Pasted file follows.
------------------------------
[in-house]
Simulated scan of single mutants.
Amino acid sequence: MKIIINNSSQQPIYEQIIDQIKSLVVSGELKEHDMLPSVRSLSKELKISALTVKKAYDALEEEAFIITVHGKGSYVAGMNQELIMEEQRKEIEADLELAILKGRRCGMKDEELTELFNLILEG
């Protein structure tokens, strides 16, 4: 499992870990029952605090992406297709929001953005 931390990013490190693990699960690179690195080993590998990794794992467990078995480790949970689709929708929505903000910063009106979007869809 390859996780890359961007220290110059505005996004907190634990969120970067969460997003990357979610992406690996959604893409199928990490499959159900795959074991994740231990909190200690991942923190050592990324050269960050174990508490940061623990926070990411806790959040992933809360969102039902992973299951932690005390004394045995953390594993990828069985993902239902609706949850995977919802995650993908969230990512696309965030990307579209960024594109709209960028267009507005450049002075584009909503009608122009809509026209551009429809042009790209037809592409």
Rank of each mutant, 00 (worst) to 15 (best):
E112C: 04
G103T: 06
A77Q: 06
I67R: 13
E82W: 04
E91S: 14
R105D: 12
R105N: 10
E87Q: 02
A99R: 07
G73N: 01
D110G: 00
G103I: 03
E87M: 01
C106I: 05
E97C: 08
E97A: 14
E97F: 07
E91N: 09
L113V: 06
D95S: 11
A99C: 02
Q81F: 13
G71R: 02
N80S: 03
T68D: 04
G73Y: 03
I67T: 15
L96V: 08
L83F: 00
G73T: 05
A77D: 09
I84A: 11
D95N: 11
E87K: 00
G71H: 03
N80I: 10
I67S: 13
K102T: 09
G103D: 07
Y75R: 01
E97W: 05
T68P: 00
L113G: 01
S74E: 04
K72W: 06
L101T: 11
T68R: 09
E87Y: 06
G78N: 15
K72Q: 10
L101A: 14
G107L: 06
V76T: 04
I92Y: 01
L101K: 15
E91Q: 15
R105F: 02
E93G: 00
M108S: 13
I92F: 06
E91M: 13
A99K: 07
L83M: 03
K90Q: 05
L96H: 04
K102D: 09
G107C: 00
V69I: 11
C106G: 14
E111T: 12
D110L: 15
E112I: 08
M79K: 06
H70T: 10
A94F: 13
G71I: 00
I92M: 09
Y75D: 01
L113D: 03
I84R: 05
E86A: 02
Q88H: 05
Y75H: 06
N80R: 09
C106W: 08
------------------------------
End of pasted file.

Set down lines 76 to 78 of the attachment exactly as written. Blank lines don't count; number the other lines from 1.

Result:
E111T: 12
D110L: 15
E112I: 08